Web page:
The fact that I was part of this holy moment was one of those kingdom moments, where God breaks in…and just says, I’m holding you, you all, in my hand. 
Cling to me, God says, I’ve got you. 

Dr. Timothy Wengert, the professor of Lutheran Confessions, when I was at Philly seminary started a prayer one day in class like this,

Dear God,
You hold us in the palm of your hand…

And then he lost his train of thought and paused.

Then he said,
Don’t drop us.  Amen. 

May that be our prayer this night, confident that God holds us as we cling to God’s love, grace and mercy. 

Let us pray,
Repeat after me,
Dear God,
You hold us
in the palm of your hand.
Don’t drop us.

Monday, March 25, 2019

God's word shines like the sun.

March 24, 2019
3rd Sunday in Lent

Isaiah 55:1-9
Psalm 63:1-8
1 Corinthians 10:1-13
Luke 13:1-9

Please pray with me,
Gracious God, as you led the Israelites through the wilderness, as you were with Joseph and Mary as they journeyed to Bethlehem, and as you journeyed with Jesus to the cross….you are with us now.  Guide our hearts, minds and bodies on this Lenten journey.  Continue to turn us toward you, creating within us clean hearts, marking us with the cross, lighting our paths and guiding us every step of the way.  In Jesus’ name we pray amen.

On August 15, 1917, Oscar Romero was born.  At the age of one, he was baptized into the Catholic church.  With a full house with 5 brothers and sisters, as a young boy, Oscar was often found at the local church during his free time.  At age 13 he entered minor seminary and was then promoted to the national seminary in San Salvador; and completed his studies at the Gregorian University in Rome and was ordained in Rome on April 4, 1942.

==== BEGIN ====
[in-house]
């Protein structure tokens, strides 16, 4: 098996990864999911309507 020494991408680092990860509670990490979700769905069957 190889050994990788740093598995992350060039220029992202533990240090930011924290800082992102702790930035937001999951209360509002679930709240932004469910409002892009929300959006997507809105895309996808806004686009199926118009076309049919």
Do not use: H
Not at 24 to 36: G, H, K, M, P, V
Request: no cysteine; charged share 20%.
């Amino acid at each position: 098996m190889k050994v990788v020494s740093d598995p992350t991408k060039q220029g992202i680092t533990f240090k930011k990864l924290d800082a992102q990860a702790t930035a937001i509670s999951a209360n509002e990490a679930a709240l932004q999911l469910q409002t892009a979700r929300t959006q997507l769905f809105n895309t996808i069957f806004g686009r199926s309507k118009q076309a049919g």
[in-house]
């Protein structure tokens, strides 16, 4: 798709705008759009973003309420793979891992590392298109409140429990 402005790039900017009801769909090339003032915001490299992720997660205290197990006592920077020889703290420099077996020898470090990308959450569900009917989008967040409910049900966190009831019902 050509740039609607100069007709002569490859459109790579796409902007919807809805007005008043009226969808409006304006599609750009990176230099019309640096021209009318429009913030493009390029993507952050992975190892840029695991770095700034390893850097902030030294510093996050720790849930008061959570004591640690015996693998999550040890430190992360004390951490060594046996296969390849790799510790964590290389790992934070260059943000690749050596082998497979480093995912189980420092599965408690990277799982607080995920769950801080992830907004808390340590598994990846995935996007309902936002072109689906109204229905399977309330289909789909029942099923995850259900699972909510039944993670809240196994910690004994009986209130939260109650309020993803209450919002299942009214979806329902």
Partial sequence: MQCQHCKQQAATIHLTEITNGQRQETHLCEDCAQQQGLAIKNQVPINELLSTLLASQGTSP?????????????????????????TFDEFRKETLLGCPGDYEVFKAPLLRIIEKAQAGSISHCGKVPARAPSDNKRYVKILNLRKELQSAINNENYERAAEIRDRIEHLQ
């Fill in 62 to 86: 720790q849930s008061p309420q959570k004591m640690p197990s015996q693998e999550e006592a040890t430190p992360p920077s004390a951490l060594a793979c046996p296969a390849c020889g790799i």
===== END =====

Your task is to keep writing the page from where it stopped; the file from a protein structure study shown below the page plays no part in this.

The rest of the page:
He served as a parish priest for over 20 years.  In 1977 he was appointed Archbishop of El Salvador.   He was appointed, some believe, because he would follow suit of his predecessors.  You see, on the one hand, some were afraid that his conservative reputation would negatively affect liberation theology’s commitment to the poor.  But on the other hand, those who appointed him did so in hopes that he would keep the status quo of the church agreeing with the rules and regulations of the state. 

These rules gave no hope or help to the poor in El Salvador.  The church seemed to support the government which stood up for and helped the rich, ignoring the vast growing number of poor people throughout the country. 

Shortly after his appointment, Romero presided at a friend’s funeral.  A priest who had been killed assassinated.  It was in that moment that Romero had a change of heart.

From that point forward, he was a voice for the poor.  He felt that the call of the gospel was to give a voice to the voiceless.  He spoke out against poverty, social injustice, assassinations and torture, issues that swarmed through El Salvador in the mist of the civil war they faced through the 1970s and 80s. 

Romero preached out in worship and through radio addresses.  He said, “I have frequently been threatened with death.  I must say that, as a Christian, I do not believe in death but in the resurrection.  If they kill me, I shall rise again in the Salvadoran people.  Martyrdom is a great gift from God that I do not believe I have earned.  But if God accepts the sacrifice of my life, then my blood will be like the seed of liberty, and a sign of the hope that will soon become a reality.”